Wanchoo, C. J.
1. This is a reference by the Appellate Tribunal under the Income-tax Act.
2. The following question has been referred to this Court for answer :
'Whether on the facts and in the circumstances of this case, the Tribunal was justified in holding that the assessee was entitled to the higher exemption limit of Rs. 7,200/- in terms of the proviso to para. A in part I of Schedule I of Section 2, Finance Act of 1951?'
3. The facts of the case are these: The assessee Messrs Dhannalal Devilal of Jaipur filed a return for the assessment year 1951-52, and claimed the benefit of the higher exemption limit as provided in para. A in part I of Schedule I of S. 2, Finance Act of 1951. The firm in question was at that time owned by two minors . named Sita Ram and Madhav who were members of an undivided Hindu family.
Further at the relevant time this family had ., two other members, namely the widowed mother and the widowed grand-mother of the two minors. The question arose whether is view of the existence of these ladies, and particularly the widowed mother, the assessee could claim the higher exemption limit of Rs. 7,200/-. The Income-tax Officer held that they could not. The appellate Assistant Commissioner, however, held that they could. Thereupon, there was an appeal before the Tribunal which agreed with the Appellate Assistant Commissioner.
The present reference has been made by the Tribunal on the application of the Commissioner of Income-tax. It came for hearing before a Division Bench of this Court. The Division Bench has referred the following question arising out of the reference by the Appellate Tribunal to a Full Bench for answer, namely,
'Whether a son or grand-son can be said to be lineal descendant of his mother or grandmother respectively within the meaning of condition (b) of Clause (1) of Part 1(A) of Schedule 1 of the Indian Finance Act (No. 23) of. 1951 which prescribes Rs. 7,200/- as an exemption limit in the case of Hindu undivided family.'
4. The relevant provision on the interpretation of which the answer to this question depends is as follows:
'The limit referred to in the above provise shall be
(i) Rs. 7,200/- in the case of every Hindu un-divided family which satisfies as at the end of the previous year either of the following conditions, namely,
(a) That it has at least two members entitled to claim partition who are not lass than 18 years of age; or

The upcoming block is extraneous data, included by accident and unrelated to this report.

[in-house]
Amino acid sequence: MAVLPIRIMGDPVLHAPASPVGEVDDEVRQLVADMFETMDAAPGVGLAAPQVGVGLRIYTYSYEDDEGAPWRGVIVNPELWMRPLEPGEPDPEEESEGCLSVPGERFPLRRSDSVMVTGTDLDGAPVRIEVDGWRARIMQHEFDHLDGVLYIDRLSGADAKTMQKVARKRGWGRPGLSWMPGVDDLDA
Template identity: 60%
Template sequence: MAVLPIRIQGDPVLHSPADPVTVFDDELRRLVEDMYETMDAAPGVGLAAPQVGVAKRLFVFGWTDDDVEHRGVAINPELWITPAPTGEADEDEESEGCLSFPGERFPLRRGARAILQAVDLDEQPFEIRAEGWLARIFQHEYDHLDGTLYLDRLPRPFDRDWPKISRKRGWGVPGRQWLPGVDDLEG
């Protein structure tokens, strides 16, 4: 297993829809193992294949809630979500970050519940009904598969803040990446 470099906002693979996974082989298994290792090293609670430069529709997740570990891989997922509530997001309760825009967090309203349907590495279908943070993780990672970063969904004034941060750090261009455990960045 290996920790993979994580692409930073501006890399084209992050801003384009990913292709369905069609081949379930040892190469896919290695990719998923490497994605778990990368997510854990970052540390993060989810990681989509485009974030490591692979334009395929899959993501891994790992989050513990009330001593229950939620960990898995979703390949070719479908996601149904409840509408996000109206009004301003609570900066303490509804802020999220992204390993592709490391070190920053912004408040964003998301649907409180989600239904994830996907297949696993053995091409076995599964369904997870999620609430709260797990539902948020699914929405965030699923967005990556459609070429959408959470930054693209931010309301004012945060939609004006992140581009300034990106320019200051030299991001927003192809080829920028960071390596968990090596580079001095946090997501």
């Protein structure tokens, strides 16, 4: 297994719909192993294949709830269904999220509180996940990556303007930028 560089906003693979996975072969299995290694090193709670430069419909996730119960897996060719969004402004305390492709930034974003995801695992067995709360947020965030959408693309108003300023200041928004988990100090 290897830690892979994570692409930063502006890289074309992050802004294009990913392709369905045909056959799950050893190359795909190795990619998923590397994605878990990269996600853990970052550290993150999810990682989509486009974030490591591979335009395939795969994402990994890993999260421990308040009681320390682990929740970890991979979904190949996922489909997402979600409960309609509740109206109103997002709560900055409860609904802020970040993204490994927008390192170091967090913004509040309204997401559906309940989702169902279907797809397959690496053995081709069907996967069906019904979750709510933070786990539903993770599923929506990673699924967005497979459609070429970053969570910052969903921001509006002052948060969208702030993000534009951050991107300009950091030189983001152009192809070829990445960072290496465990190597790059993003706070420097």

(b) that it has at least two members entitled to claim partition neither of whom is a lineal descendant of the other and both of whom are not lineally descended from any other living member of the family.....'
The first question, therefore, that arises for determination is who are the members of an undivided Hindu family, and in particular whetherfemales are also members of an undivided Hindufamily. It is clear that all males who are joint are members of a Hindu undivided family. Sofar as females are concerned, it has been heldthat wives of male members of undivided Hindufamily and unmarried daughters of male members of undivided family are also members of theHindu undivided family.
In -- 'Vedathanni v. Commissioner of Income-tax, Madras', AIR 1932 Mad 733 (SB) (A), it was held that widows entitled to maintenance are dependent members of an undivided Hindu, family.
5. Paragraph 549 of the Principles of Hindu Law by D. P. Mulla (Edn. 11) speaks of maintenance of female members of joint Hindu family, and these female members are mentioned in para. 543 as the wives of male members and widows of male members who are dead. Unmarried daughters also are mentioned as female members in para. 546. In, the --- 'Commissioner of Income-tax, Bombay Presidency v. Gomedalli Laxminarayan', AIR 1935 Bom 412 (B), it was held that where the family consisted of a single male member and his mother and wife, it was an undivided Hindu family. Rangnekar J. pointed out at page 414 that 'under the Hindu Law an undivided Hindu family is composed of (a) males and (b) females. The males are (1) those that are lineally connected in the male line,.....The female members are (1) thewife or the 'widowed wife' of a male member, and (2) maiden daughters. 'He also pointed out that' an undivided Hindu family in this sense-differs from what is called a Hindu coparcenary, which is a much narrower body including only those male members who take by birth an interest in the coparcenary property.'